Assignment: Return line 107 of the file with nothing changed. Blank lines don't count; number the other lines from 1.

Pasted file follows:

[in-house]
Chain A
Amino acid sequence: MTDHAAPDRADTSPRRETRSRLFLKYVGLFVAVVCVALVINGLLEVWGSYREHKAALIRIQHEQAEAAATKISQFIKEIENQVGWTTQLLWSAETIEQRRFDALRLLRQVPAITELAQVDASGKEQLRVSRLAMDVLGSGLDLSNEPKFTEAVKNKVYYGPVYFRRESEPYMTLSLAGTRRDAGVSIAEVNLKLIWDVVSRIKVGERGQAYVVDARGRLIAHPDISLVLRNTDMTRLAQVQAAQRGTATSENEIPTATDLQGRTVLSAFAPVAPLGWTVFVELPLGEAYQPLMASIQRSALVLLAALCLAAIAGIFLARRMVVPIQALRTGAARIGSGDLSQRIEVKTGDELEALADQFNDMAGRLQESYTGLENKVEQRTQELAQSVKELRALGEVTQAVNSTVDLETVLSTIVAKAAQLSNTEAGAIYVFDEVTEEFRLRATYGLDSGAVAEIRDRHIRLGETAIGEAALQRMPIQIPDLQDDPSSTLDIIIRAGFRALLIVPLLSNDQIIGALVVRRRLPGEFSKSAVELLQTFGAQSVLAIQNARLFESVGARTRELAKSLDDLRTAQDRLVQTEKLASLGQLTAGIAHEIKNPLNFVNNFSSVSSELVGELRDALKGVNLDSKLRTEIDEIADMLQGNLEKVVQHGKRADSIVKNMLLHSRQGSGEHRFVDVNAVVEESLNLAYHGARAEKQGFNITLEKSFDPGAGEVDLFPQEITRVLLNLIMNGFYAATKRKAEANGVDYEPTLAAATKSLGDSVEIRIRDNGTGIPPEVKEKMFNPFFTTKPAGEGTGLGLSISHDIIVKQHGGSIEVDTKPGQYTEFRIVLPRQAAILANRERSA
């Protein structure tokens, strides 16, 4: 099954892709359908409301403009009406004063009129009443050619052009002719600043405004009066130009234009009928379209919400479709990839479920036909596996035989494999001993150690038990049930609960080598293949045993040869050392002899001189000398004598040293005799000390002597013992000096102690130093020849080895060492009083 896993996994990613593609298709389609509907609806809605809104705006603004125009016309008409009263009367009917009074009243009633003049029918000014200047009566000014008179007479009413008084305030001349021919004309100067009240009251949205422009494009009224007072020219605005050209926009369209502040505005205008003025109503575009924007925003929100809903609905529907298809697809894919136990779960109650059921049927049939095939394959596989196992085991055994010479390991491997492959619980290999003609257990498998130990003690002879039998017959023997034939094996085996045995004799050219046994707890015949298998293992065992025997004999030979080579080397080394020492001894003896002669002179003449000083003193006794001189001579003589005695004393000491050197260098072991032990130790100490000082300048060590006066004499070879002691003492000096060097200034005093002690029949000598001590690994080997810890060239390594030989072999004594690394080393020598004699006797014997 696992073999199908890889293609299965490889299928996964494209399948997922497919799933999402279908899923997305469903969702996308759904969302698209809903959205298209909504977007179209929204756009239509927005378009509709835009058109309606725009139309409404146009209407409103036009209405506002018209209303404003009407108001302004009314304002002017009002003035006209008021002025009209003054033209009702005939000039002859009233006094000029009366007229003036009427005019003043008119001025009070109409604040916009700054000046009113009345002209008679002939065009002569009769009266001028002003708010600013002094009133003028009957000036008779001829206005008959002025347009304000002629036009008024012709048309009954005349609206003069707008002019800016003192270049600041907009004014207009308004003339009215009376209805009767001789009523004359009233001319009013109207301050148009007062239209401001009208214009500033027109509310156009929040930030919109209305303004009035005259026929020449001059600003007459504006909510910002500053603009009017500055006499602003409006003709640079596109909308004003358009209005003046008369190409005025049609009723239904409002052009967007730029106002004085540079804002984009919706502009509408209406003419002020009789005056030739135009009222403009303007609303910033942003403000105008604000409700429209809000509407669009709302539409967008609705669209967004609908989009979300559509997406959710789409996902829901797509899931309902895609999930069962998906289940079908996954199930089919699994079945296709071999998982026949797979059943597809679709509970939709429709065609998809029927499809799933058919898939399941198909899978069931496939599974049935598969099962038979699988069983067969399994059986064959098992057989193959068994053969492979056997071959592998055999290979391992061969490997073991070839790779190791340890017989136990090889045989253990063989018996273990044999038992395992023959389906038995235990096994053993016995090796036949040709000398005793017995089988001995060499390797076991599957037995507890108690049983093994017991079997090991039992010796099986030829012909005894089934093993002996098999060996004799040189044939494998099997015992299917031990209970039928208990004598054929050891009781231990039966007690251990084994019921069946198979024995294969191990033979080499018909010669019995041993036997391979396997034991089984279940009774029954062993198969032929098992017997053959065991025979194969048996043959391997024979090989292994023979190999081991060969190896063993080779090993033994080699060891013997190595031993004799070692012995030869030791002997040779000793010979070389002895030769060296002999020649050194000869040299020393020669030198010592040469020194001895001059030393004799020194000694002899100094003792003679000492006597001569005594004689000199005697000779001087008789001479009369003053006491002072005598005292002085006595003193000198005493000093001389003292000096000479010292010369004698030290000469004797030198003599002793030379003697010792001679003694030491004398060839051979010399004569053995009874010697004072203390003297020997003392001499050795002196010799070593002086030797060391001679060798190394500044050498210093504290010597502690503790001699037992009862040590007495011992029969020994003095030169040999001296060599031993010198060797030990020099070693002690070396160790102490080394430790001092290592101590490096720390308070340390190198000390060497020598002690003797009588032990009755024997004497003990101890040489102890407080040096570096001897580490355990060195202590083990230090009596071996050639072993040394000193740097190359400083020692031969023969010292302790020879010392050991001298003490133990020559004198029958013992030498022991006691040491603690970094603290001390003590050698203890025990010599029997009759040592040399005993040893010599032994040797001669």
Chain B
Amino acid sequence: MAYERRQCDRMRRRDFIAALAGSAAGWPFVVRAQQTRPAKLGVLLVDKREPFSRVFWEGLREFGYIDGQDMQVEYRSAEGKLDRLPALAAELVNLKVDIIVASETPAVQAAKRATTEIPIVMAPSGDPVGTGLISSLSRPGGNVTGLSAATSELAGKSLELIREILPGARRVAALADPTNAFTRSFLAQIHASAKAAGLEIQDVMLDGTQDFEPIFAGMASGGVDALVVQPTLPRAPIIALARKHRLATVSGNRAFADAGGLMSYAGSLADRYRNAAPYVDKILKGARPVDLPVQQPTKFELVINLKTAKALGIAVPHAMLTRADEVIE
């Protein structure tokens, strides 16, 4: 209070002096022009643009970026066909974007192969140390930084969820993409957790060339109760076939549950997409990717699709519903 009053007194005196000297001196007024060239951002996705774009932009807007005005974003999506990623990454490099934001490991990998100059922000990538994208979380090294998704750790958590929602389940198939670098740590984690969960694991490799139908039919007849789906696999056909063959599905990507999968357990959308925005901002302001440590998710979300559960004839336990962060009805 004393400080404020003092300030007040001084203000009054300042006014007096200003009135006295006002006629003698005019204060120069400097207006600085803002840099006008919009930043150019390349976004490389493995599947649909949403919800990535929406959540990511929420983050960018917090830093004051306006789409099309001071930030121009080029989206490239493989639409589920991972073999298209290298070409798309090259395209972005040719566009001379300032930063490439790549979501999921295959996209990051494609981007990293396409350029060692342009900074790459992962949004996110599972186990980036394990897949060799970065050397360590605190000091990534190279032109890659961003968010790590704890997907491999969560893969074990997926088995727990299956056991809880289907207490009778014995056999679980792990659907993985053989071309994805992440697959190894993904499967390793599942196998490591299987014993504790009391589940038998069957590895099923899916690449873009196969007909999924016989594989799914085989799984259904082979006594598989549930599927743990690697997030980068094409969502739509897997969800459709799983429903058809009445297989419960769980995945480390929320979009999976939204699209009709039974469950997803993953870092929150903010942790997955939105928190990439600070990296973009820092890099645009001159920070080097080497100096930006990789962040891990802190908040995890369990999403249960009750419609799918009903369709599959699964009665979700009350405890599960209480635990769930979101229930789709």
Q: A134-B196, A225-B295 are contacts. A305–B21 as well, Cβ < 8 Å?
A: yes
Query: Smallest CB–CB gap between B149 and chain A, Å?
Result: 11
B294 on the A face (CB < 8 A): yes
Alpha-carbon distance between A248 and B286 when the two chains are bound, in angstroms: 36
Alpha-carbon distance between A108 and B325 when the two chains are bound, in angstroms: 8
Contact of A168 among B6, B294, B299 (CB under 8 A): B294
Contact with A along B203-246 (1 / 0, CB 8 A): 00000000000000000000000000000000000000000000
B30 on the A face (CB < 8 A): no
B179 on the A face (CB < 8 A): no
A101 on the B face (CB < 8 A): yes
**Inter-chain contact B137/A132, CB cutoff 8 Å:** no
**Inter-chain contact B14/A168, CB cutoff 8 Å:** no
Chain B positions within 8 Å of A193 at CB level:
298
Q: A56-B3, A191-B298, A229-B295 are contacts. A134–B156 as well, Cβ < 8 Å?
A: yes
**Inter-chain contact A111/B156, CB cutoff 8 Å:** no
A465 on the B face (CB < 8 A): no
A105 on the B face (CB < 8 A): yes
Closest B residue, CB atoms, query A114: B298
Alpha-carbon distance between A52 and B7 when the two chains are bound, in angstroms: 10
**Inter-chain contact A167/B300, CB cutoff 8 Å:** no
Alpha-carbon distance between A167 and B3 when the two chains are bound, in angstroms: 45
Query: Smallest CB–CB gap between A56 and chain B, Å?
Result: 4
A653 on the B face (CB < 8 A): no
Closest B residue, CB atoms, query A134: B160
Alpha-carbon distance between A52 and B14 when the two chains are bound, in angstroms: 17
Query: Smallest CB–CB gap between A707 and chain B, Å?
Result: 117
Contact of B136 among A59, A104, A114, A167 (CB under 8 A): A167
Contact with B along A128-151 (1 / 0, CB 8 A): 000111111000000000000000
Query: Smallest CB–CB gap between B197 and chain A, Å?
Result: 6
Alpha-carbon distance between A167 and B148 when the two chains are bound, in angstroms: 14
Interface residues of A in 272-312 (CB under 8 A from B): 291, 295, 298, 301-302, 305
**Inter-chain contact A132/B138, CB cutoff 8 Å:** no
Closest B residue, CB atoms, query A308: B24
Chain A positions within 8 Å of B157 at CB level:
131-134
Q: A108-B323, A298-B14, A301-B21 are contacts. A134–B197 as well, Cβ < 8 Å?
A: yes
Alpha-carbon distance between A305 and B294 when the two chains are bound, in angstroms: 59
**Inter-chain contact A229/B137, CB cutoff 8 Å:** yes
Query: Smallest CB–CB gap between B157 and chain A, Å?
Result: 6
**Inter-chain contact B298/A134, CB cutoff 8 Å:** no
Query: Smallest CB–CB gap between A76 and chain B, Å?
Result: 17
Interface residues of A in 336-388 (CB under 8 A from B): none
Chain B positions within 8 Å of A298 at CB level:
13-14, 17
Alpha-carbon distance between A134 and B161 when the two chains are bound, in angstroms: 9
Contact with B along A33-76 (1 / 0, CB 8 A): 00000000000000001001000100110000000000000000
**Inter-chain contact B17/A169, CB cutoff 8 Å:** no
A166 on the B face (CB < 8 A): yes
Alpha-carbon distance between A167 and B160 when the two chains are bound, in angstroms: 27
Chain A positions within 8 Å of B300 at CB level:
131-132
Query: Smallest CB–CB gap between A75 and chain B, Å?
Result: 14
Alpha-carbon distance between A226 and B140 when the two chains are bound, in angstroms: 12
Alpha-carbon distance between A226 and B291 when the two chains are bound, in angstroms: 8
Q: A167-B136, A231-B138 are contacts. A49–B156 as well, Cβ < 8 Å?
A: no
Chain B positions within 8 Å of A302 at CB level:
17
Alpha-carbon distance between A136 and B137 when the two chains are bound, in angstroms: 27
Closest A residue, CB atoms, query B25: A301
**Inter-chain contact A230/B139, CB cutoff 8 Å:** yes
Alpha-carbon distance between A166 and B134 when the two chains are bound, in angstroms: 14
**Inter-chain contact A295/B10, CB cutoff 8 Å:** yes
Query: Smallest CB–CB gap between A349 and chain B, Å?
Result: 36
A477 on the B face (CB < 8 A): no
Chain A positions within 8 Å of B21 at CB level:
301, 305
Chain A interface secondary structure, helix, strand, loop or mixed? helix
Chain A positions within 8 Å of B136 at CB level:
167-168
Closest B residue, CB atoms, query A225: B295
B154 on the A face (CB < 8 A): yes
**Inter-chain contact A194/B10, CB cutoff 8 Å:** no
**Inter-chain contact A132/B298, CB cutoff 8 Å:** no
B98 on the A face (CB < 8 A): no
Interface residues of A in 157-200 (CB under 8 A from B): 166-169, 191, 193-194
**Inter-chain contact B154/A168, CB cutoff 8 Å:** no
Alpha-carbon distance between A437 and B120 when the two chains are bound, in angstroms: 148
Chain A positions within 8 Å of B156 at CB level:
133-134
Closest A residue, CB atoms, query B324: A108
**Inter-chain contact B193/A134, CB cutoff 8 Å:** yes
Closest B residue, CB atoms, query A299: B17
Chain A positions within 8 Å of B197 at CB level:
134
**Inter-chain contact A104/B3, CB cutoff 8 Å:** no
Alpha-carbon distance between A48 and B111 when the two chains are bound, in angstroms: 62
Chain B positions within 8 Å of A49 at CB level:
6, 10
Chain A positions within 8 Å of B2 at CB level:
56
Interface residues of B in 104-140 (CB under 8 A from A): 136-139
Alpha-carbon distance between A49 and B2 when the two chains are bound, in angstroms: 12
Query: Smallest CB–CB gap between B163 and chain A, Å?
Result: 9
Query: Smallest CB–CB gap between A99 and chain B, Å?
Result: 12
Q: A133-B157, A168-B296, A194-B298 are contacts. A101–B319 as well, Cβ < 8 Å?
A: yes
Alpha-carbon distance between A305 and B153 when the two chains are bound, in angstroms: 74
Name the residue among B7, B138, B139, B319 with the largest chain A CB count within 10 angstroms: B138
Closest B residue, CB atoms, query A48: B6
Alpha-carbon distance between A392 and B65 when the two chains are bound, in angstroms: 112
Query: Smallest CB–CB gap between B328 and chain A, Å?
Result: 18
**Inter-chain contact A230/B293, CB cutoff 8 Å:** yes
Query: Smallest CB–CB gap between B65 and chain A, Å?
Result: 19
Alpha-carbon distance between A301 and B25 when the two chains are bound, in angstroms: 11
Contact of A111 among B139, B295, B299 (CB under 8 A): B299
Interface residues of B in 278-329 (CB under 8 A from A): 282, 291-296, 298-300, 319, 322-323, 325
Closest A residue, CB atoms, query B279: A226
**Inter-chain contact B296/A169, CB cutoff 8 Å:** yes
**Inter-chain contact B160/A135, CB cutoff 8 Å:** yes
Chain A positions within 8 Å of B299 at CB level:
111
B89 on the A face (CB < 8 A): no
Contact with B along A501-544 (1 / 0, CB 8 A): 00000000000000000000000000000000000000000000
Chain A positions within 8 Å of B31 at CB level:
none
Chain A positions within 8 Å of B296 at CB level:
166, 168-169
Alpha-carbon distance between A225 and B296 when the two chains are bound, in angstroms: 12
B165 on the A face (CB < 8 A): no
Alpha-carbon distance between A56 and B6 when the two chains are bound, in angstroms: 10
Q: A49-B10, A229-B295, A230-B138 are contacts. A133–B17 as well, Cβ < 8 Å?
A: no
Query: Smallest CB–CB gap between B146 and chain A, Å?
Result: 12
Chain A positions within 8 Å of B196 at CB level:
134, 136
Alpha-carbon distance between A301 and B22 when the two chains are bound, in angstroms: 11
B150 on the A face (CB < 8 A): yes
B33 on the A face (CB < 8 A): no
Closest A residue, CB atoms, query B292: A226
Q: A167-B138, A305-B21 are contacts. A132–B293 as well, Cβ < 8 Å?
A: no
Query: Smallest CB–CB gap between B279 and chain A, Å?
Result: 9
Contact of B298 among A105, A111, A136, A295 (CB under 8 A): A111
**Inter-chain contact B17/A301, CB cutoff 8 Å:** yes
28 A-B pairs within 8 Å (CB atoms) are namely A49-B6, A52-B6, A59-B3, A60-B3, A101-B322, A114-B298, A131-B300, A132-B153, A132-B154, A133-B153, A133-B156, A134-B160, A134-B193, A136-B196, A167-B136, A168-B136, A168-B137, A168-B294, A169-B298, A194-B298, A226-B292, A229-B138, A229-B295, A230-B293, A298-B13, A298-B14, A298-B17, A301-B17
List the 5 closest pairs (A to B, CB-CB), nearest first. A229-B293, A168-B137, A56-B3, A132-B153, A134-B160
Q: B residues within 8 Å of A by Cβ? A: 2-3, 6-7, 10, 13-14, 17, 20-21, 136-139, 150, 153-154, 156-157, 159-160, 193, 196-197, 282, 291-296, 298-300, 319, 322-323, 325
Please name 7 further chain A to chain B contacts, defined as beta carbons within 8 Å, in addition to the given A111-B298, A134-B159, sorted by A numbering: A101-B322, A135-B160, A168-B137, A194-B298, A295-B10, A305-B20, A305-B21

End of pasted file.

Chain B positions within 8 Å of A49 at CB level: